1. Words are old, familiar, and safe!

Writing is the oldest method of expression and communicating information humans had. Having it around for thousands of years removed the uncertainty and any fear-of-the-unknown when consuming it.

People are so used to reading things in their everyday lives, they don’t even notice!

A photo of a guy laying down on a couch while reading a book comfortably.
Wish that were me 24/7! - via pexels.com by Lisa Fotios

There’s no need to prepare for anything before reading a sentence. You just DO.

Reading also gives your audience control over the learning process.

They control the speed of the narrative. How much they want to take in at a time, and can easily go back to re-read any part without needing a timestamp.

And to be fair to the subheading, reading is safe.

You can’t go wrong.

Your audience can’t mishear anything. There’s no crappy mics involved or bad speakers or headphones on their part.

As long as you’re writing the post properly, you have nothing to worry about.

Just plain old words. And they are fricking awesome!

2. If someone is afraid of tech, don’t shove into their face!

The casual tone of blog posts allows you to explain any concept to your audience in a friendly and simplified way. Unlike with video tutorials, where an expert is off doing their thing while talking.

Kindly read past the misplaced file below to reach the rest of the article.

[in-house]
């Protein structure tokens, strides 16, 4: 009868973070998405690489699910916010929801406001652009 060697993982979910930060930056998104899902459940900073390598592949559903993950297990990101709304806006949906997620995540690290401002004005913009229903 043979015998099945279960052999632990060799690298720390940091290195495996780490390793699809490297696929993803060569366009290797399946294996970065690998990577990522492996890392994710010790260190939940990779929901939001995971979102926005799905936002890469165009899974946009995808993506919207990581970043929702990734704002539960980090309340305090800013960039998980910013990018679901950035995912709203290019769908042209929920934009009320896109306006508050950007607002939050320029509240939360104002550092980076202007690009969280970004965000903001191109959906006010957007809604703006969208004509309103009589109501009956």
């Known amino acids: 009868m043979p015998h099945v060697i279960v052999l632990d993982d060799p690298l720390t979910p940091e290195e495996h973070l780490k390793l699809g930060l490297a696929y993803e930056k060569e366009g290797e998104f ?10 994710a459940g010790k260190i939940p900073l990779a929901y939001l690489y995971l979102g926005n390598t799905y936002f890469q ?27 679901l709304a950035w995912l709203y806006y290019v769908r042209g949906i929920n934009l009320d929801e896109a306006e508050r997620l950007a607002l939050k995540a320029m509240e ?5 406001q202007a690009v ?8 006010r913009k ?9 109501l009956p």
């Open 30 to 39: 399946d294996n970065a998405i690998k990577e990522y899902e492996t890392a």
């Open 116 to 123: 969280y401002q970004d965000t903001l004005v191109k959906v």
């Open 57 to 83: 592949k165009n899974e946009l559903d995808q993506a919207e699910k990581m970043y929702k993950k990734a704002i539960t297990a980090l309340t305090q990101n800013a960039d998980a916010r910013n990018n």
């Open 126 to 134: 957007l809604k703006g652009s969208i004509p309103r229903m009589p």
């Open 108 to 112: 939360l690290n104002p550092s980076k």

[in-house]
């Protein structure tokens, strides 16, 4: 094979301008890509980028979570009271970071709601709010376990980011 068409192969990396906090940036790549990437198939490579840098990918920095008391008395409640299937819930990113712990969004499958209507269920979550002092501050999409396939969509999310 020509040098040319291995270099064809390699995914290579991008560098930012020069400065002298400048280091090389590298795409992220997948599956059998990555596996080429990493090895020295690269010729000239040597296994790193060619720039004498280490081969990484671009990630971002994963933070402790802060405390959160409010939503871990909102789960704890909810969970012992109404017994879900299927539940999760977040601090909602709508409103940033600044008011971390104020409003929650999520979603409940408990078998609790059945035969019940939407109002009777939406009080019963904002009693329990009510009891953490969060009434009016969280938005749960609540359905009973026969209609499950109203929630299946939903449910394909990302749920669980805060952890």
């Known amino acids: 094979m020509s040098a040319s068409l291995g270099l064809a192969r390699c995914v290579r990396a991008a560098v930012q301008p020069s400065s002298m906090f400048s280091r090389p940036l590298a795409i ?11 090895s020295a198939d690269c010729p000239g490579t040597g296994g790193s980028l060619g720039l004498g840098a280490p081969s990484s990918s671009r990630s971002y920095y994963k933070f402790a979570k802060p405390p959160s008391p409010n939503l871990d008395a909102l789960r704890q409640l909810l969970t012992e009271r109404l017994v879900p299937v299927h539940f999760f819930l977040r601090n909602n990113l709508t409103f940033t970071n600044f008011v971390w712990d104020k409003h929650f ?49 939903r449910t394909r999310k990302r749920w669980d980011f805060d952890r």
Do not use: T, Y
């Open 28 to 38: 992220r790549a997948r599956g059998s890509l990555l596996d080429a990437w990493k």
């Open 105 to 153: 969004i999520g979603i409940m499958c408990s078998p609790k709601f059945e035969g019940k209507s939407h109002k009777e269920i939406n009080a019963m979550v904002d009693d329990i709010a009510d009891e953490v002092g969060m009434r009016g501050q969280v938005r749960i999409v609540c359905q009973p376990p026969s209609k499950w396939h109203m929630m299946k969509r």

Don’t get me wrong, videos are more than amazing, just not at this early point of your relationship with your audience.

This boils down to not constantly shoving your product/service their way when they are already overwhelmed by what good it can do for them.

A handful of controlled — and sometimes cropped — screenshots are more than enough.

People often don’t buy the best products, they buy the best products they understand

This gentle approach to writing tech, allows you to gradually build a trusting relationship between yourself and your audience.

You can then guide them into the direction of more complex information mediums until it results in a lovely, lovely purchase.

3. Storytelling

Storytelling gets swept under the carpet when it comes to business marketing.

Mostly because of how it sounds.

Just because you’re using storytelling in your content, doesn’t mean you’re straight-up hiring a fiction writer and asking for the next Harry Potter.

Storytelling in content marketing is about having a set narrative and delivering it.

It’s a way to personalize your message for your audience and guide them down a specific path.

Without a story to tell (yours or theirs), it’s difficult to have a clear message.


I know how this might sound.

A picture of a long and empty country road.
I’m not gonna lie, you’ve got a long road ahead of you! - via Pexels.com by Lisa Fotios

But creating a full-on journey requires multiple chapters. In this case, multiple blog posts expertly made to ensure specific results and reactions from their readers.

There’s no time like the present.

Start now, one post at a time.

Anina is a freelance technology writer and owner of Post-ApocalypticScribbles.com